As he taxis towards the launch of his new career in the House of Assembly, George Murphy is about to shut the meter in his cab off for the last time.
St. John’s best-known taxi driver, who has gained a provincewide following for his accurate gas price predictions, will pick up his last fare later tonight or early Sunday morning.
“For at least four years, anyway,” Murphy says with a laugh.
The amiable cabbie won the St. John’s East seat in Tuesday’s provincial election, a New Democratic upset over Tory incumbent Ed Buckingham.
It was third time lucky for Murphy. He ran for the Liberals in the same district back in 2003, and for the NDP in the Conception Bay East-Bell Island byelection last December.
“I’m starting to get back to the ground (from the high of being elected),” he said Thursday.
His victory may have surprised some, but it wasn’t a shock to Murphy and his campaign team.
“About seven or eight days before the ballot, we came to the realization that we think we had (Buckingham) cornered, and we think that we have the numbers to beat him then.”
Murphy says everything happened fairly quickly because an Aug. 17 car accident had delayed him from getting out of the campaign gate.
“I went at it as hard as I could and endured the pain. There were a couple of little barriers we had to overcome, but we prevailed in the end.”
And while the win means he won’t be driving cab in the forseeable future, Murphy may still keep predicting gas prices, as long as there is no rule prohibiting an MHA from doing so.
“All of the resources I’ve been using so far have been free resources,” he notes.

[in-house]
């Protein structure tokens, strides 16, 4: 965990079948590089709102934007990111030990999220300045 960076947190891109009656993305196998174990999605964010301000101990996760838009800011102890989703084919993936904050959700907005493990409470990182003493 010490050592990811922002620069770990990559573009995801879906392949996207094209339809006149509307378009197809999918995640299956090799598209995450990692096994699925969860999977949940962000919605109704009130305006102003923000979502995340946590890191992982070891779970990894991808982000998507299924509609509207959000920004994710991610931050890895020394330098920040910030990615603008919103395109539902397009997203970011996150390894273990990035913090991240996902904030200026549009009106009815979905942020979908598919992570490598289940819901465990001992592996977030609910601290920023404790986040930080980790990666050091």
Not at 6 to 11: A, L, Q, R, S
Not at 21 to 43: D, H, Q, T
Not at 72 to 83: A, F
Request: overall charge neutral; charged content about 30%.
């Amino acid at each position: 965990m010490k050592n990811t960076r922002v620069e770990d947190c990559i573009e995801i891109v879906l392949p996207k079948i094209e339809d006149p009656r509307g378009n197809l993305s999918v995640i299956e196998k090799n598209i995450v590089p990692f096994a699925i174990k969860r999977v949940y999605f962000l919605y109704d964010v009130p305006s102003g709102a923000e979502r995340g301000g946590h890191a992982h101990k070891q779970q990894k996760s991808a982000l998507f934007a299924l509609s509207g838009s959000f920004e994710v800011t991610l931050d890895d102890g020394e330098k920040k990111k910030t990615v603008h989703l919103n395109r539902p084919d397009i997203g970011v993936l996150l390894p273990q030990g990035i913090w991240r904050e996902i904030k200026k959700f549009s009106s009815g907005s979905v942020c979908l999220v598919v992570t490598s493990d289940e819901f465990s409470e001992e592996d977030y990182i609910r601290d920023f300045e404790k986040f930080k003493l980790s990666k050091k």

“They haven’t cost the taxpayer, and it’s not costing anybody anything by me digging up free information.”
Given his understanding of gas pricing, Murphy hopes to tackle the issue of fuel taxation in the House. Currently, HST is charged after federal and provincial gas taxes — a tax on top of a tax.
“You expect your government to treat you fair under proper taxation rules, and you would expect to be paying taxes, but not to be paying taxes on top of taxes,” he says.
“Yes, we’re going to have a tangle with government before we get that one straightened out.”
Murphy says he’s always been a bit of an advocate, so he doesn’t expect being an elected politician will change his life dramatically.
“Other than just dealing with people one-on-one,” he said.
“It’s going to be an honour, a real honour, to possibly change history in some cases, and to do something positive for people.”
NDP leader Lorraine Michael says it’s going to be wonderful to have Murphy as part of her caucus.
She says he brings an understanding of trying to make life affordable for people and, through his gas pricing predicitions, he has shown an ability to do analysis.
“George is very knowledgable, but more than that — and I think more important than that — I think George is a very caring individual,” she said.
“He really cares about people and I think he’s going to show his constituents how true that is in the way he responds to them.”